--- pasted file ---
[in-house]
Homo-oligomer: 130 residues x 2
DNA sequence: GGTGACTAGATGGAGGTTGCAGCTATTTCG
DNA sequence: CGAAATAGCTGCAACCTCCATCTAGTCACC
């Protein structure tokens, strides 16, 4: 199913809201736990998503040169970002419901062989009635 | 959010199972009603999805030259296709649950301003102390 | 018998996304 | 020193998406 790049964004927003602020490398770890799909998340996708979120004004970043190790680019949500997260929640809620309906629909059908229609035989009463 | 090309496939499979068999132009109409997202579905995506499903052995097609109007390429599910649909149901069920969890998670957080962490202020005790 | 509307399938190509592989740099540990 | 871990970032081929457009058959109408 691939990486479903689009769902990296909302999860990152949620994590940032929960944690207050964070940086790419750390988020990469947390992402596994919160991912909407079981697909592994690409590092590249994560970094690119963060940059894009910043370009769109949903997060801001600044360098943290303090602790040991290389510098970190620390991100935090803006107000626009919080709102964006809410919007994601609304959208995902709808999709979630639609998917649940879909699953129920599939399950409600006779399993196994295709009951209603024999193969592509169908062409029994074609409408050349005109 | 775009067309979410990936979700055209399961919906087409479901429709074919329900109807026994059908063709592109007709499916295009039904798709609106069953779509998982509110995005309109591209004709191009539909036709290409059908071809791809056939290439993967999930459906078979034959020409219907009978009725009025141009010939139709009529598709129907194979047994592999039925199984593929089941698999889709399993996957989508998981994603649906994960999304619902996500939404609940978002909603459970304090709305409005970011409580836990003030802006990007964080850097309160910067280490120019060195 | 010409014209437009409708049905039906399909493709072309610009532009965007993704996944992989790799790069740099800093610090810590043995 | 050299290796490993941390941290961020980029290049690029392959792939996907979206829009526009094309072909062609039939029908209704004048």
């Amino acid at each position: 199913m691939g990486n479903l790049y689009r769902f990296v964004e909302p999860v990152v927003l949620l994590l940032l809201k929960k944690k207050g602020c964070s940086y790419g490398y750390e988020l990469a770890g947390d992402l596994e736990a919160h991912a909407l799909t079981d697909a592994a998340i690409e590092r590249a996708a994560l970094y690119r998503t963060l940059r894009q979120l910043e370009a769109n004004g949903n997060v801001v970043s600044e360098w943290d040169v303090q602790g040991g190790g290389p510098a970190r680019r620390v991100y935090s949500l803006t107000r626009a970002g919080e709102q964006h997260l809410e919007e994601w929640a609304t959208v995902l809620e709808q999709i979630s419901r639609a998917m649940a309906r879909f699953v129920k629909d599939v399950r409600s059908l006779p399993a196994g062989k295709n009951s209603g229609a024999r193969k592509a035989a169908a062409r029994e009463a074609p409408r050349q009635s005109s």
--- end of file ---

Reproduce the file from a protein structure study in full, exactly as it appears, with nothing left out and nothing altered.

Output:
[in-house]
Homo-oligomer: 130 residues x 2
DNA sequence: GGTGACTAGATGGAGGTTGCAGCTATTTCG
DNA sequence: CGAAATAGCTGCAACCTCCATCTAGTCACC
């Protein structure tokens, strides 16, 4: 199913809201736990998503040169970002419901062989009635 | 959010199972009603999805030259296709649950301003102390 | 018998996304 | 020193998406 790049964004927003602020490398770890799909998340996708979120004004970043190790680019949500997260929640809620309906629909059908229609035989009463 | 090309496939499979068999132009109409997202579905995506499903052995097609109007390429599910649909149901069920969890998670957080962490202020005790 | 509307399938190509592989740099540990 | 871990970032081929457009058959109408 691939990486479903689009769902990296909302999860990152949620994590940032929960944690207050964070940086790419750390988020990469947390992402596994919160991912909407079981697909592994690409590092590249994560970094690119963060940059894009910043370009769109949903997060801001600044360098943290303090602790040991290389510098970190620390991100935090803006107000626009919080709102964006809410919007994601609304959208995902709808999709979630639609998917649940879909699953129920599939399950409600006779399993196994295709009951209603024999193969592509169908062409029994074609409408050349005109 | 775009067309979410990936979700055209399961919906087409479901429709074919329900109807026994059908063709592109007709499916295009039904798709609106069953779509998982509110995005309109591209004709191009539909036709290409059908071809791809056939290439993967999930459906078979034959020409219907009978009725009025141009010939139709009529598709129907194979047994592999039925199984593929089941698999889709399993996957989508998981994603649906994960999304619902996500939404609940978002909603459970304090709305409005970011409580836990003030802006990007964080850097309160910067280490120019060195 | 010409014209437009409708049905039906399909493709072309610009532009965007993704996944992989790799790069740099800093610090810590043995 | 050299290796490993941390941290961020980029290049690029392959792939996907979206829009526009094309072909062609039939029908209704004048």
């Amino acid at each position: 199913m691939g990486n479903l790049y689009r769902f990296v964004e909302p999860v990152v927003l949620l994590l940032l809201k929960k944690k207050g602020c964070s940086y790419g490398y750390e988020l990469a770890g947390d992402l596994e736990a919160h991912a909407l799909t079981d697909a592994a998340i690409e590092r590249a996708a994560l970094y690119r998503t963060l940059r894009q979120l910043e370009a769109n004004g949903n997060v801001v970043s600044e360098w943290d040169v303090q602790g040991g190790g290389p510098a970190r680019r620390v991100y935090s949500l803006t107000r626009a970002g919080e709102q964006h997260l809410e919007e994601w929640a609304t959208v995902l809620e709808q999709i979630s419901r639609a998917m649940a309906r879909f699953v129920k629909d599939v399950r409600s059908l006779p399993a196994g062989k295709n009951s209603g229609a024999r193969k592509a035989a169908a062409r029994e009463a074609p409408r050349q009635s005109s």